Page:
Westboro Baptist Daughters Leave Hate-Mongering Church, Apologize for Harm

Grace and Megan Phelps-Roper
Grace (left) and Megan Phelps-Roper, former Westboro Baptist Church members, picket the 2010 Academy Awards (Flickr: k763)

The hate-mongering cult congregation Westboro Baptist Church (WBC) has lost two of its members.

Granddaughters of founder Fred Phelps—Megan Phelps-Roper, 27, and her 19-year-old sister, Grace—explained their decision in a joint statementreleased on Wednesday.

“We know that we’ve done and said things that hurt people,” Megan Phelps-Roper wrote. “Inflicting pain on others wasn’t the goal, but it was one of the outcomes. We wish it weren’t so, and regret that hurt.”

Megan Phelps-Roper was one of the most prominent members of the Topeka, Kan.-based group, and was responsible for the majority of its social media relations. She was frequently seen yelling anti-gay or anti-Jewish slogans at funerals of servicemen. Since the infamous WBC’s first protest in 1991, she has carried a “God Hates Fags” placard to 44 states and around 240 U.S. cities.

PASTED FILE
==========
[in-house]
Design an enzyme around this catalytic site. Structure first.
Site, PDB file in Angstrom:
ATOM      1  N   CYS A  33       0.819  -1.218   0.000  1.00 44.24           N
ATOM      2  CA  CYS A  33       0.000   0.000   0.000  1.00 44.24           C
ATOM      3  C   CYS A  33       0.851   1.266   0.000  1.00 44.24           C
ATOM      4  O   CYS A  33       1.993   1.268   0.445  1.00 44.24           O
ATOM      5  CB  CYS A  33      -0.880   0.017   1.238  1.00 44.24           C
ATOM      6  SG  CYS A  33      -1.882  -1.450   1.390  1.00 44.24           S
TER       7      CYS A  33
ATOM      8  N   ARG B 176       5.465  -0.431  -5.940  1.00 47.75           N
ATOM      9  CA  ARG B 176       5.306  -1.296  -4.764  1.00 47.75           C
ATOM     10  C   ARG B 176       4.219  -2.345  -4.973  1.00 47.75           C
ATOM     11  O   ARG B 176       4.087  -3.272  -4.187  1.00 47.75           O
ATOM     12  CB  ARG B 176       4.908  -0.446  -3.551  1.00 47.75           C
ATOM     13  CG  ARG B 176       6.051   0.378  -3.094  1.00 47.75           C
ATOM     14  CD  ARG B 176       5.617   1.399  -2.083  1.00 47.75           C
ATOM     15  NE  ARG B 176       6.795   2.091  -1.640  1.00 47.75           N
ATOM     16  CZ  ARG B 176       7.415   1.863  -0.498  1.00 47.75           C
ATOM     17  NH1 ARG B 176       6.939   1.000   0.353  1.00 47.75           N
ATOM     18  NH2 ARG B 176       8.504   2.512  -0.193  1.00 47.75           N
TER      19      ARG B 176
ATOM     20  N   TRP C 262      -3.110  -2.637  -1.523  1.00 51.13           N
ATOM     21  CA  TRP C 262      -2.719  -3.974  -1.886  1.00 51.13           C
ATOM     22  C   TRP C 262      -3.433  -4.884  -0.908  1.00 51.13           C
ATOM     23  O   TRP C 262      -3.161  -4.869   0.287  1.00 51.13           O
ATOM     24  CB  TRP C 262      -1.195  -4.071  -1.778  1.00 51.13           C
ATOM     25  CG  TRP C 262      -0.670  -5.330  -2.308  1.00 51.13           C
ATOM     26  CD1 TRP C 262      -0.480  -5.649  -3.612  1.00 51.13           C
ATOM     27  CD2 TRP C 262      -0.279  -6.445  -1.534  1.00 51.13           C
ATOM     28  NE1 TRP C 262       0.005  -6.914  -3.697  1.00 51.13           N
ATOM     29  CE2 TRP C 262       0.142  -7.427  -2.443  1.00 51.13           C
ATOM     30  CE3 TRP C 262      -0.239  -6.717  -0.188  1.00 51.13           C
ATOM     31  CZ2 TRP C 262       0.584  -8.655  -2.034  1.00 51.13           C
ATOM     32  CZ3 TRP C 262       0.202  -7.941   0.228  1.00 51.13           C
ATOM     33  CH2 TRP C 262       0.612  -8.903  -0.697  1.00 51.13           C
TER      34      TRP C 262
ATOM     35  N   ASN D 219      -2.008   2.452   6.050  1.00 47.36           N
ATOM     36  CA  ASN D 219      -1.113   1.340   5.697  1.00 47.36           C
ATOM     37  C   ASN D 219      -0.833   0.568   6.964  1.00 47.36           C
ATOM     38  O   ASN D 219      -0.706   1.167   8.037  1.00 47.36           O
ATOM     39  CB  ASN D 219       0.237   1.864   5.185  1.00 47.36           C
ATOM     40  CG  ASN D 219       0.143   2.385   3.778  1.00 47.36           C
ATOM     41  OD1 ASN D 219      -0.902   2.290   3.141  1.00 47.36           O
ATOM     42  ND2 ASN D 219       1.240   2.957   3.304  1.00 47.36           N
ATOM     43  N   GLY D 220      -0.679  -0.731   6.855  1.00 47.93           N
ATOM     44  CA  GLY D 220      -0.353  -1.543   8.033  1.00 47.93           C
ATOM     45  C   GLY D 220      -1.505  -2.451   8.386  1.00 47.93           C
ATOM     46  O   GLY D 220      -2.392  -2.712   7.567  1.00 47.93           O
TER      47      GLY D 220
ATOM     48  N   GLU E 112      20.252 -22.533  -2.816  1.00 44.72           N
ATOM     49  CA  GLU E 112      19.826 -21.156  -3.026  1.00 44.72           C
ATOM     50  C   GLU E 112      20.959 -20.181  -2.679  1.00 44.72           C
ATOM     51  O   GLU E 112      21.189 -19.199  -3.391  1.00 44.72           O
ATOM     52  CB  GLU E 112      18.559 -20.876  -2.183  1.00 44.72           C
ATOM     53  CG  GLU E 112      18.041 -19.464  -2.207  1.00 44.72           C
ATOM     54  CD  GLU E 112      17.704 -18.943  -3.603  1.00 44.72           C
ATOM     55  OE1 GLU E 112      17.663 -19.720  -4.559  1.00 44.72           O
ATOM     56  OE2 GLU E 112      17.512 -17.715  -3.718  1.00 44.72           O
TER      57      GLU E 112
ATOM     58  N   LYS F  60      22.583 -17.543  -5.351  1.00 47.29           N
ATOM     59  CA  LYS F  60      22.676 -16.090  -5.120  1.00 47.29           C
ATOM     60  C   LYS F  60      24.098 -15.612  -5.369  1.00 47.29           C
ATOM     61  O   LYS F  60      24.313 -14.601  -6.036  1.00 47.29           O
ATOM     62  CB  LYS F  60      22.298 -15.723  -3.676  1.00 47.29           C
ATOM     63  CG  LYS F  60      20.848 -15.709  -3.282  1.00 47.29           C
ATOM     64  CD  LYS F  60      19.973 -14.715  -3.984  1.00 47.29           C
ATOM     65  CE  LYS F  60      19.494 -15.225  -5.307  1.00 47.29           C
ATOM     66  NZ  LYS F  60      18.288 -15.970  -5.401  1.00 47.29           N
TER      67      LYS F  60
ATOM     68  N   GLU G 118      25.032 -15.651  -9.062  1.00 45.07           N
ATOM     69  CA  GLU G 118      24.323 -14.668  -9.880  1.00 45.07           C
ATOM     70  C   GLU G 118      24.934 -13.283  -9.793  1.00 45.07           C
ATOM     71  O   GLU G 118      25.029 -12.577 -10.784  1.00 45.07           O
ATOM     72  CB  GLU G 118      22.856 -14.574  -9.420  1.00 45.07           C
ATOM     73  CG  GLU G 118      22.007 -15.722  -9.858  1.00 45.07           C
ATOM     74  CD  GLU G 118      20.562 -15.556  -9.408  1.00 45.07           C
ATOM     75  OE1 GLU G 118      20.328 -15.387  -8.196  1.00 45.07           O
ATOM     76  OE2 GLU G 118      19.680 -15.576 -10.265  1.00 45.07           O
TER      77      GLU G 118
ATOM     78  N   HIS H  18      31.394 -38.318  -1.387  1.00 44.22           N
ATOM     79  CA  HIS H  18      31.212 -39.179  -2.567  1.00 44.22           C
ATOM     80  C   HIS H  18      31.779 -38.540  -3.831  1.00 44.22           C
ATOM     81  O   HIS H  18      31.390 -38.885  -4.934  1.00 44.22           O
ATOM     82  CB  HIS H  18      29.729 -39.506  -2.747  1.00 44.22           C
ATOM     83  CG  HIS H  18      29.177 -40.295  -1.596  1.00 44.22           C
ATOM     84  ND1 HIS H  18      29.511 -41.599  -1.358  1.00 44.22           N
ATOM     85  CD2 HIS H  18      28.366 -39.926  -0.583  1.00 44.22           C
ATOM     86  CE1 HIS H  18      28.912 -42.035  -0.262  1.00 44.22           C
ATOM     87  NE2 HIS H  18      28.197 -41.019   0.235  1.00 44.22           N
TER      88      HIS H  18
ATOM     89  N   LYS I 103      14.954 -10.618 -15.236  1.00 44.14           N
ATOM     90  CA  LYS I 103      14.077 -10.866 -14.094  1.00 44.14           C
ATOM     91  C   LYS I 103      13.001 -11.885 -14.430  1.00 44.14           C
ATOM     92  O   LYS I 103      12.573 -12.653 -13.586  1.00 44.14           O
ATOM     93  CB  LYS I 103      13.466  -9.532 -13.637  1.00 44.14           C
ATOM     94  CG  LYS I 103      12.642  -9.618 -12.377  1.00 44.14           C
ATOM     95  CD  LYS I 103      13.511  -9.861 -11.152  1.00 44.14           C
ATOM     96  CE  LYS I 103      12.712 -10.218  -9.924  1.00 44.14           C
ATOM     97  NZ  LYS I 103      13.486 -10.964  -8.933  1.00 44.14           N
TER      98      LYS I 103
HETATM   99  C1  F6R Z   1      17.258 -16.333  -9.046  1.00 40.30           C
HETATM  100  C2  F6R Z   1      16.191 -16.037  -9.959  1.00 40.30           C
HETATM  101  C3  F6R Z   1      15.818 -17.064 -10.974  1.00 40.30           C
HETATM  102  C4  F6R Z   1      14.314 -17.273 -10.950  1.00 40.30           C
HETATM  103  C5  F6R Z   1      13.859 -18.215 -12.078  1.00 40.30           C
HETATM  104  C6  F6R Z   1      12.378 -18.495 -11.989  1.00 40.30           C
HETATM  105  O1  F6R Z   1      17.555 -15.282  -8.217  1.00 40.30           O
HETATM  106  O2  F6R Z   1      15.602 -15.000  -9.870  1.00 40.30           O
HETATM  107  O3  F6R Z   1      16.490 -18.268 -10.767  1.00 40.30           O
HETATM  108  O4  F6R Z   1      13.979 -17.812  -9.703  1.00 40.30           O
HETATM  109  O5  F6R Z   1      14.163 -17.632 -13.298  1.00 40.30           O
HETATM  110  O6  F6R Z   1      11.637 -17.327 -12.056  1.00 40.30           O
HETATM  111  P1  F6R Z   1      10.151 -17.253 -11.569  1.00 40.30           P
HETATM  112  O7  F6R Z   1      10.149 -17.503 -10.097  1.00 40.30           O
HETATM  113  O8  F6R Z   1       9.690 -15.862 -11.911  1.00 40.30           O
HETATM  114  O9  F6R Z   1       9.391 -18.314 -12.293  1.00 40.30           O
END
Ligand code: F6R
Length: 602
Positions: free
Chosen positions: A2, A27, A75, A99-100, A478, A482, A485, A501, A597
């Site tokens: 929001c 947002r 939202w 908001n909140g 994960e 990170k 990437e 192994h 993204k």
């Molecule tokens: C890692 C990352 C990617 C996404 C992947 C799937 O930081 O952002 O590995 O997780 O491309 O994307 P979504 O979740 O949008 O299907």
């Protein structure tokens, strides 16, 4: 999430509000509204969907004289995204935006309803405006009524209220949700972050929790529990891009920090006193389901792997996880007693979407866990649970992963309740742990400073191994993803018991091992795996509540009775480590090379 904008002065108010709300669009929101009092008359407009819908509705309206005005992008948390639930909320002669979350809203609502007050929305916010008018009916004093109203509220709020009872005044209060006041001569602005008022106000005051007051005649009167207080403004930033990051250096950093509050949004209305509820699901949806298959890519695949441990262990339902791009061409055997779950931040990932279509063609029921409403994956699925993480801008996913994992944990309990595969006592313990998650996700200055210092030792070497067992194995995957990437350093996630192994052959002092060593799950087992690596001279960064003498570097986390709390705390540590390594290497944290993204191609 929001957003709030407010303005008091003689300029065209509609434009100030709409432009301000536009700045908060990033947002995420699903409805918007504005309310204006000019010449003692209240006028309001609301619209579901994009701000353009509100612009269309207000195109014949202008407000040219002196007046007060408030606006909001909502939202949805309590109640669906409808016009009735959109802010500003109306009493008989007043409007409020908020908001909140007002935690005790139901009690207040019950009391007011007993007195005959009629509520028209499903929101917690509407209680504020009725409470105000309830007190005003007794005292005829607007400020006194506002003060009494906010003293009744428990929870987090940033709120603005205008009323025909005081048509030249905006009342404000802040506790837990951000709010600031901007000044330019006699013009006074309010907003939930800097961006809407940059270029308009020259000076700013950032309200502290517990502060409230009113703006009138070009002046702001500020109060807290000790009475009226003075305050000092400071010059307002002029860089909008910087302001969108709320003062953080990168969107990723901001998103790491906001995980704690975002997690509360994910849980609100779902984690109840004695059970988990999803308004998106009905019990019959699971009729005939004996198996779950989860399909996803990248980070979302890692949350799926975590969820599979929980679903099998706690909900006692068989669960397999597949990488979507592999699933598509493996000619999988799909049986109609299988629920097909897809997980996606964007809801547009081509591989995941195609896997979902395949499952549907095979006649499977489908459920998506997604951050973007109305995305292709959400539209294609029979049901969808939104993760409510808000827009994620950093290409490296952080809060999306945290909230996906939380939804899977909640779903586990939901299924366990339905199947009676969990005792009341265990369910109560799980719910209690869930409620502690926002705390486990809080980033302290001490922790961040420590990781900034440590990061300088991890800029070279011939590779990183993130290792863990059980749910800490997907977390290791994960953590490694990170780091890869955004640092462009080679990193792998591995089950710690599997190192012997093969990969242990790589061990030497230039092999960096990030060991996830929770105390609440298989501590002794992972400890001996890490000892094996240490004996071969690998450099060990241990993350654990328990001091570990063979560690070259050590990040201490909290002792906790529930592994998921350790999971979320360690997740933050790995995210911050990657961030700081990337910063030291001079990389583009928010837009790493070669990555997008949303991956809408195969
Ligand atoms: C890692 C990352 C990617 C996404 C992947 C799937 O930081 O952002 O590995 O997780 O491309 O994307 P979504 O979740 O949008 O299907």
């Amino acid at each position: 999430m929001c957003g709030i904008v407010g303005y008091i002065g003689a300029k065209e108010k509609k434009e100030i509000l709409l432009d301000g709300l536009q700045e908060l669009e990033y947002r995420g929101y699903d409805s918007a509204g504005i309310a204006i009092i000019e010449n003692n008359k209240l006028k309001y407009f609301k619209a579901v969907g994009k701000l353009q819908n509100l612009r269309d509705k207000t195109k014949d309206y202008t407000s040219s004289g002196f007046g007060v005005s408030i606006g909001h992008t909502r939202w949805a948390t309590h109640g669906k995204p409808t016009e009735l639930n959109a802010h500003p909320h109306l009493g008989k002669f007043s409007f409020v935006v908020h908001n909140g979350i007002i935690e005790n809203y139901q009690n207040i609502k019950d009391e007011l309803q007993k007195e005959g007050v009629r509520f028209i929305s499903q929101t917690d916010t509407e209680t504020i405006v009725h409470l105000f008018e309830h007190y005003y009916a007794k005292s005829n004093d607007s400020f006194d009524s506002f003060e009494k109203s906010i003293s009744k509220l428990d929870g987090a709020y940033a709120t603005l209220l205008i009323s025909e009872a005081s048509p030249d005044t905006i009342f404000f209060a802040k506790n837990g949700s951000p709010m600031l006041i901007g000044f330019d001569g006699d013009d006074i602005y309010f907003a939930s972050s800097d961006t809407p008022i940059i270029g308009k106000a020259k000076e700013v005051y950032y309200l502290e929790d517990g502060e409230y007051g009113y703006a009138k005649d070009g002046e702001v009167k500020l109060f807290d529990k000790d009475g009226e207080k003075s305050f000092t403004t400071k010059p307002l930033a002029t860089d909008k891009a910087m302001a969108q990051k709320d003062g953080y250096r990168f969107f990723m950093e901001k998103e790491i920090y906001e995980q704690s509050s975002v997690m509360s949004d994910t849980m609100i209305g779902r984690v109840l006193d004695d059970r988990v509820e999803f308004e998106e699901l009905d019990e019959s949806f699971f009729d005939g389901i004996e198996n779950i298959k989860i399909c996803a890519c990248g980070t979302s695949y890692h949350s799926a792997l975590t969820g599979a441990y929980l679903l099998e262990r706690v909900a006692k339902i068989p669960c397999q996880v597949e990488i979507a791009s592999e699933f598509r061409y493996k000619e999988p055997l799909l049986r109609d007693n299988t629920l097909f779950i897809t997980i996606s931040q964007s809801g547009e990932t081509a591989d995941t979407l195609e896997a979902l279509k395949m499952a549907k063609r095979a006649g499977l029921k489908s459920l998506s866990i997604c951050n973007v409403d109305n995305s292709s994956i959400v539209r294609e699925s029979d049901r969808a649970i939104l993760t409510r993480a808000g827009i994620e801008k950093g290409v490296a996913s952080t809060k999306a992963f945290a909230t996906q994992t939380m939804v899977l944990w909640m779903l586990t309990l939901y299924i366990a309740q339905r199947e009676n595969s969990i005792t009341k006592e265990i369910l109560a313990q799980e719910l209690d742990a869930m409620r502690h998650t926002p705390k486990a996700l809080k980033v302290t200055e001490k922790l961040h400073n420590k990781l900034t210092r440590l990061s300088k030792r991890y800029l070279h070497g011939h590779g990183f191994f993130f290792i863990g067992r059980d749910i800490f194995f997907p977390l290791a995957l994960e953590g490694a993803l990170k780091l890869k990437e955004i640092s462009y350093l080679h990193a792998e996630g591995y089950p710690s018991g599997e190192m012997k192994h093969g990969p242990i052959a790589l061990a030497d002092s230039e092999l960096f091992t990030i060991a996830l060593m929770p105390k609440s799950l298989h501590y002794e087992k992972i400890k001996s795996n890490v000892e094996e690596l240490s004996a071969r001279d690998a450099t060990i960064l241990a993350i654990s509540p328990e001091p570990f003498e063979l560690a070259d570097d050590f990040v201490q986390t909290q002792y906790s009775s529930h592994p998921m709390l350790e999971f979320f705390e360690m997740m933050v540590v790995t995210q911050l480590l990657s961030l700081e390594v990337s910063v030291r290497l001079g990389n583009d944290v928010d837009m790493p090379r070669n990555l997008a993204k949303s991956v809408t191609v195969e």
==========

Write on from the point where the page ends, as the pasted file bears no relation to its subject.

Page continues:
“We know that we can’t undo our whole lives,” she added. “We can’t even say we’d want to if we could; we are who we are because of all the experiences that brought us to this point. What we can do is try to find a better way to live from here on. That’s our focus.”

The sisters are among the 11 children of Brent and Shirley Phelps-Roper, who is Fred Phelps’ daughter. She is considered one of WBC’s most outspoken members.

“We know that we dearly love our family,” the sisters continued. “They now consider us betrayers, and we are cut off from their lives, but we know they are well-intentioned. We will never not love them.”

Shirley Phelps-Roper responded to her daughters the day after the news of their departure went public, saying, “The New Testament is full of people that start right, but then fall away.” Her statement is full of references to the Bible.

Since Megan and Grace’s departure in November, church members have publicly condemned them.

“We can’t control whether or not somebody decides, when they grow up, that they don’t want to be here,” church spokesman Steve Drain told The Kansas City Star. “Those two girls were kind of straddling the idea that they wanted to be of the world but that they would also miss their family, the only thing they ever knew. If they continue with the position that they have, those two girls, yeah, they’re going to hell.”

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